Someday, perhaps, archaeologists will discover a bizarre petroglyph repeated across Turtle Island: the word “Indians,” carved deep into stone and sidewalks in the style of Cleveland’s controversial baseball team.
Tlingit and Aleut artist Nicolas Galanin journeyed from Alaska to etch his ironic petroglyph with a cement cutter at the entrance of the Vancouver Art Gallery as part of its ground-breaking aboriginal art exhibit, Beat Nation, an exhibition of 27 aboriginal artists from every region of North America, open until June 3.
“The word ‘Indian’ becomes ancient-looking when you etch it into stone, but it has other kinds of political echoes as well,” says Beat Nation co-curator Tania Willard, of Secwepemc Nation in British Columbia’s interior. “That was the idea of looking at the urban landscape in a way that excavates it to show indigenous roots and indigenous presence. It brings us back to the land of aboriginal presence and culture as embedded in the landscape.”
Read more:http://indiancountrytodaymedianetwork.com/2012/05/26/beat-nation-brings-skateboard-and-hip-hop-culture-to-the-vancouver-art-gallery-115120#ixzz1w1SwiCPh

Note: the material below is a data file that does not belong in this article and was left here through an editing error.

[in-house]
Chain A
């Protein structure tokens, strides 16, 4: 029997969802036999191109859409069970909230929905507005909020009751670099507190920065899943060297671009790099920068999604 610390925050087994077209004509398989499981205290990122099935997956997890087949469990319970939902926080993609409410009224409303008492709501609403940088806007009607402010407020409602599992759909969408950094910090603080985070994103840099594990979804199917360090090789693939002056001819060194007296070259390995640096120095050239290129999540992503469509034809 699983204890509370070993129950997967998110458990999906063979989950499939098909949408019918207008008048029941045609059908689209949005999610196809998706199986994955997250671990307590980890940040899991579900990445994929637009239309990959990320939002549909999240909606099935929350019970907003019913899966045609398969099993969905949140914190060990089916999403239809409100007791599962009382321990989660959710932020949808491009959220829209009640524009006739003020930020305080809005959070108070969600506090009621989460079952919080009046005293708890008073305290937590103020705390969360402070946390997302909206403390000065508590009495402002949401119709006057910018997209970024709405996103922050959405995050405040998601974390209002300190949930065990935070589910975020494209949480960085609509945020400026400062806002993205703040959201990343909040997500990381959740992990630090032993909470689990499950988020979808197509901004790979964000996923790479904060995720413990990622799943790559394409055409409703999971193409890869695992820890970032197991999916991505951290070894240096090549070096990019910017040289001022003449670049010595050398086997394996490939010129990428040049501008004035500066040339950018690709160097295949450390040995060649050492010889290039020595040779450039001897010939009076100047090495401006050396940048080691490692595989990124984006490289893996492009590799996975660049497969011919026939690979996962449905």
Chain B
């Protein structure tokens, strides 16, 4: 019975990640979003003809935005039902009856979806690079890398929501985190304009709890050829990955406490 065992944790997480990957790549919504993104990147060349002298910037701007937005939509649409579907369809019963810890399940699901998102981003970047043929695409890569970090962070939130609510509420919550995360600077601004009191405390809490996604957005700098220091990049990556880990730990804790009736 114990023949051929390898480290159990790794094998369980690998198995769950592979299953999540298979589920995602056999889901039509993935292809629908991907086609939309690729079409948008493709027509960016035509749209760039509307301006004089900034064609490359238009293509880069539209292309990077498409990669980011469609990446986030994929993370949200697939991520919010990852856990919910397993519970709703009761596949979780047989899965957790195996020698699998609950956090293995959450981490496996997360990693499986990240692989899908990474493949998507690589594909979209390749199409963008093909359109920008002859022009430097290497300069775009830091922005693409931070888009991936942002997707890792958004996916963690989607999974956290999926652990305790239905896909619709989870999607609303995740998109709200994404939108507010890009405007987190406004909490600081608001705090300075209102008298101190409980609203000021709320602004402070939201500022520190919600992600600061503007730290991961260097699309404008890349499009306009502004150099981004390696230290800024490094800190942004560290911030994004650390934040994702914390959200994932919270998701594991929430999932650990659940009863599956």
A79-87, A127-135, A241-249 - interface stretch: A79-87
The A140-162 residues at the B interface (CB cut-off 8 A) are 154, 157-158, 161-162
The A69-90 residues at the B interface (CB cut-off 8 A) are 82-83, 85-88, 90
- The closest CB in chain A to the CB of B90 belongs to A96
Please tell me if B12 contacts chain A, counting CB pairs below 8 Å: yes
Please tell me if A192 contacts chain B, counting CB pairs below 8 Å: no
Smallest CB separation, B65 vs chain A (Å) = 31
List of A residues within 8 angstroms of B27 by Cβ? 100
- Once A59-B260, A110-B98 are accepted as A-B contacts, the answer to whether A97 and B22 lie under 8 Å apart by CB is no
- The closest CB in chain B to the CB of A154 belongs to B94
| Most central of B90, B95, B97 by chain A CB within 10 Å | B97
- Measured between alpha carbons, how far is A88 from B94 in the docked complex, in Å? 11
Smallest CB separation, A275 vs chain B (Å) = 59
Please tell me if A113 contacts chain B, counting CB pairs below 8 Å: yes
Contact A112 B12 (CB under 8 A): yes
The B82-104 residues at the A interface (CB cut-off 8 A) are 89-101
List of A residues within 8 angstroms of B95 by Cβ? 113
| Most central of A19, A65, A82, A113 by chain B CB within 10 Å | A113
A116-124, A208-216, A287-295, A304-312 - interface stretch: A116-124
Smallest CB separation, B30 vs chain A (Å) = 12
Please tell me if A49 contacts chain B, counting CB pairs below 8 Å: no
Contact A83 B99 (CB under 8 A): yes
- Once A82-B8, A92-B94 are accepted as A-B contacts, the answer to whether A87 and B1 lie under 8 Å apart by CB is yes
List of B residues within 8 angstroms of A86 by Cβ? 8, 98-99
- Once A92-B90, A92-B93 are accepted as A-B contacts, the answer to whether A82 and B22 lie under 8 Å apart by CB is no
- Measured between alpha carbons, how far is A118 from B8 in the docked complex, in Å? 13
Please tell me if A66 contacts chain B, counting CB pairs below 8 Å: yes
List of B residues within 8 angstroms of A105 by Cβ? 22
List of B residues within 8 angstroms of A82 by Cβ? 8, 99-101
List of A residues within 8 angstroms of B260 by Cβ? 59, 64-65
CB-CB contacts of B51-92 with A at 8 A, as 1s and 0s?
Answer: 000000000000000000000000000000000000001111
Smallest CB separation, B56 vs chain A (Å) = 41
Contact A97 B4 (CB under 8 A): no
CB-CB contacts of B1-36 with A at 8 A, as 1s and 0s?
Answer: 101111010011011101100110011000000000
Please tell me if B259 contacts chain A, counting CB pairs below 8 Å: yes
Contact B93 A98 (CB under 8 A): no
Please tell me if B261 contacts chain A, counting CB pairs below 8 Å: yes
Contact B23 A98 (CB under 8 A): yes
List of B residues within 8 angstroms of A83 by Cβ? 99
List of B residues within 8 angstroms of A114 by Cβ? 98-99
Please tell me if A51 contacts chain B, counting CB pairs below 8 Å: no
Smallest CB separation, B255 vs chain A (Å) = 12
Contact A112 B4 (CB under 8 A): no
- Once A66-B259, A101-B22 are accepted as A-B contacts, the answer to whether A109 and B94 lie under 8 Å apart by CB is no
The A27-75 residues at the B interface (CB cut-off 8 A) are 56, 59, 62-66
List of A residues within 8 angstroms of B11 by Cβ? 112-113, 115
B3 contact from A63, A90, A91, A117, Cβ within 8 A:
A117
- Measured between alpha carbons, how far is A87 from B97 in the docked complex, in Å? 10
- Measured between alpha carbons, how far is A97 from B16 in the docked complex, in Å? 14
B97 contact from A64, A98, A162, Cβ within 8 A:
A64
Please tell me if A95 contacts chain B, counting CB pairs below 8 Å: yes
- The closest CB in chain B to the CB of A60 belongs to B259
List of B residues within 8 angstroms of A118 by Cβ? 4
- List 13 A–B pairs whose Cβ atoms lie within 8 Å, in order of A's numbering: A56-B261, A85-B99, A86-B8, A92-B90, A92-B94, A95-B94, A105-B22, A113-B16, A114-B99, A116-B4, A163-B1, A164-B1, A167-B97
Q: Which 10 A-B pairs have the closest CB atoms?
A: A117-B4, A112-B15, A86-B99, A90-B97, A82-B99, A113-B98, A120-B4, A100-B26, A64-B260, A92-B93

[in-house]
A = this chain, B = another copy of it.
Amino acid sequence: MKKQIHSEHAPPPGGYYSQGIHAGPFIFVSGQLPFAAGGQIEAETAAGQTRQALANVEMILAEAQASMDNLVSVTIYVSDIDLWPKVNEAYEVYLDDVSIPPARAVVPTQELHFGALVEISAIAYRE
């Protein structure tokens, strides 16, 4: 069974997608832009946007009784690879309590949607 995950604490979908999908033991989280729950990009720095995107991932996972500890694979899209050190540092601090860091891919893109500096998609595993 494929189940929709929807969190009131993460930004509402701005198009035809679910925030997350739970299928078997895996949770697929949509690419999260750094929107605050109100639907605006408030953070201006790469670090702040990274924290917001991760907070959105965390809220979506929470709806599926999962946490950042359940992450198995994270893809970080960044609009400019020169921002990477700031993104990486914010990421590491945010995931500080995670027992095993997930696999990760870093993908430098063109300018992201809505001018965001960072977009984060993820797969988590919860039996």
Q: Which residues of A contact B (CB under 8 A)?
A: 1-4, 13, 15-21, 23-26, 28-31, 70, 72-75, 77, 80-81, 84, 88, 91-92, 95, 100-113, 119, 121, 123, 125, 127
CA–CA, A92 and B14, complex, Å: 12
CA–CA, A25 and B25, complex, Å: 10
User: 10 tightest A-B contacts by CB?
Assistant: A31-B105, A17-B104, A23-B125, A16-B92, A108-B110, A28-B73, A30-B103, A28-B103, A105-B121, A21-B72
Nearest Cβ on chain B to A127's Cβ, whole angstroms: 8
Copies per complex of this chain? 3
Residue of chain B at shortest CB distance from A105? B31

Someday, perhaps, archaeologists will discover a bizarre petroglyph repeated across Turtle Island: the word “Indians,” carved deep into stone and sidewalks in the style of Cleveland’s controversial baseball team.

Tlingit and Aleut artist Nicolas Galanin journeyed from Alaska to etch his ironic petroglyph with a cement cutter at the entrance of the Vancouver Art Gallery as part of its ground-breaking aboriginal art exhibit, Beat Nation, an exhibition of 27 aboriginal artists from every region of North America, open until June 3.

“The word ‘Indian’ becomes ancient-looking when you etch it into stone, but it has other kinds of political echoes as well,” says Beat Nation co-curator Tania Willard, of Secwepemc Nation in British Columbia’s interior. “That was the idea of looking at the urban landscape in a way that excavates it to show indigenous roots and indigenous presence. It brings us back to the land of aboriginal presence and culture as embedded in the landscape.”



Read more:http://indiancountrytodaymedianetwork.com/2012/05/26/beat-nation-brings-skateboard-and-hip-hop-culture-to-the-vancouver-art-gallery-115120#ixzz1w1SwiCPh